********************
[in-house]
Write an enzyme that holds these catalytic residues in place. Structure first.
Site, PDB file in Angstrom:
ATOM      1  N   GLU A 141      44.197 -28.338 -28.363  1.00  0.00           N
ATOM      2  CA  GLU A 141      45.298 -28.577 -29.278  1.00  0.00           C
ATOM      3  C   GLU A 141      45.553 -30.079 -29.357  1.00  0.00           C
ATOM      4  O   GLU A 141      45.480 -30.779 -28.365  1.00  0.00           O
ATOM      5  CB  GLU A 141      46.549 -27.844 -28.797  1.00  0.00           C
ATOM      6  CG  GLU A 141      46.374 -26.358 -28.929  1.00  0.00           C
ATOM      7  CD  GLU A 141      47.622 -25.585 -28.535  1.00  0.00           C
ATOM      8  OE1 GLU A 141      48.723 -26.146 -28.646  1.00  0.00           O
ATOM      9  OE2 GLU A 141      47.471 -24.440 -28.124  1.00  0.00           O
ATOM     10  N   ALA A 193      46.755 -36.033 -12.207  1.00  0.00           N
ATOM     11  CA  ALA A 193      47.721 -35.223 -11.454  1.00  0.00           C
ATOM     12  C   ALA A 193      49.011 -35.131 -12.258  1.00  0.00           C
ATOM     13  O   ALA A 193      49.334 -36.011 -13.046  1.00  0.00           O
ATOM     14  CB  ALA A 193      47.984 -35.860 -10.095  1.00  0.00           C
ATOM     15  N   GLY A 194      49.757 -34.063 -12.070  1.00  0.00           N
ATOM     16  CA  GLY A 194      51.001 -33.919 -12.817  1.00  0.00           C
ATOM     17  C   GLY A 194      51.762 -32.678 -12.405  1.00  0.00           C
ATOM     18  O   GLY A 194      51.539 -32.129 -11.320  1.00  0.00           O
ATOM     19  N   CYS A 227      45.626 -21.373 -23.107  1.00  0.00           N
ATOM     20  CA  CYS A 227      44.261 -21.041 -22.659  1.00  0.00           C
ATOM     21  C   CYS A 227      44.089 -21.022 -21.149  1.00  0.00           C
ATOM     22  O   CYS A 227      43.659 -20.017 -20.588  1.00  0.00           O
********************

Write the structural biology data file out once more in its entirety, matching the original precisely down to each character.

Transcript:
[in-house]
Write an enzyme that holds these catalytic residues in place. Structure first.
Site, PDB file in Angstrom:
ATOM      1  N   GLU A 141      44.197 -28.338 -28.363  1.00  0.00           N
ATOM      2  CA  GLU A 141      45.298 -28.577 -29.278  1.00  0.00           C
ATOM      3  C   GLU A 141      45.553 -30.079 -29.357  1.00  0.00           C
ATOM      4  O   GLU A 141      45.480 -30.779 -28.365  1.00  0.00           O
ATOM      5  CB  GLU A 141      46.549 -27.844 -28.797  1.00  0.00           C
ATOM      6  CG  GLU A 141      46.374 -26.358 -28.929  1.00  0.00           C
ATOM      7  CD  GLU A 141      47.622 -25.585 -28.535  1.00  0.00           C
ATOM      8  OE1 GLU A 141      48.723 -26.146 -28.646  1.00  0.00           O
ATOM      9  OE2 GLU A 141      47.471 -24.440 -28.124  1.00  0.00           O
ATOM     10  N   ALA A 193      46.755 -36.033 -12.207  1.00  0.00           N
ATOM     11  CA  ALA A 193      47.721 -35.223 -11.454  1.00  0.00           C
ATOM     12  C   ALA A 193      49.011 -35.131 -12.258  1.00  0.00           C
ATOM     13  O   ALA A 193      49.334 -36.011 -13.046  1.00  0.00           O
ATOM     14  CB  ALA A 193      47.984 -35.860 -10.095  1.00  0.00           C
ATOM     15  N   GLY A 194      49.757 -34.063 -12.070  1.00  0.00           N
ATOM     16  CA  GLY A 194      51.001 -33.919 -12.817  1.00  0.00           C
ATOM     17  C   GLY A 194      51.762 -32.678 -12.405  1.00  0.00           C
ATOM     18  O   GLY A 194      51.539 -32.129 -11.320  1.00  0.00           O
ATOM     19  N   CYS A 227      45.626 -21.373 -23.107  1.00  0.00           N
ATOM     20  CA  CYS A 227      44.261 -21.041 -22.659  1.00  0.00           C
ATOM     21  C   CYS A 227      44.089 -21.022 -21.149  1.00  0.00           C
ATOM     22  O   CYS A 227      43.659 -20.017 -20.588  1.00  0.00           O